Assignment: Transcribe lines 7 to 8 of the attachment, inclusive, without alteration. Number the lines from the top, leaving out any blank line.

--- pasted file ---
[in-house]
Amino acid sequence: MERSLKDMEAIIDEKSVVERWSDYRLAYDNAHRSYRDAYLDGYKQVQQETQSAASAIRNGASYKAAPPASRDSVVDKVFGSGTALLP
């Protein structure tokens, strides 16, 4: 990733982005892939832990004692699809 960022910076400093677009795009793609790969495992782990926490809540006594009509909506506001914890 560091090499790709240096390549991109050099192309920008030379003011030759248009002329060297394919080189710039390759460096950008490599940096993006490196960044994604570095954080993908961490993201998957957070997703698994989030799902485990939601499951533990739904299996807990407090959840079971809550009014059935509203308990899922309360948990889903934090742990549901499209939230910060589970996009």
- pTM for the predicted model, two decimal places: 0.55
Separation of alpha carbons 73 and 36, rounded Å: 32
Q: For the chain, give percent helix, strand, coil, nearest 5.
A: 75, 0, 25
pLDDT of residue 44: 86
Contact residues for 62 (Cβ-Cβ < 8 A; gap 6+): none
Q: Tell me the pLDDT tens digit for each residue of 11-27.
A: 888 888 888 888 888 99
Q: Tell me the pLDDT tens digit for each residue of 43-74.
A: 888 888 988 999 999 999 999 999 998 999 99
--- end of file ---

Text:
A: 75, 0, 25
pLDDT of residue 44: 86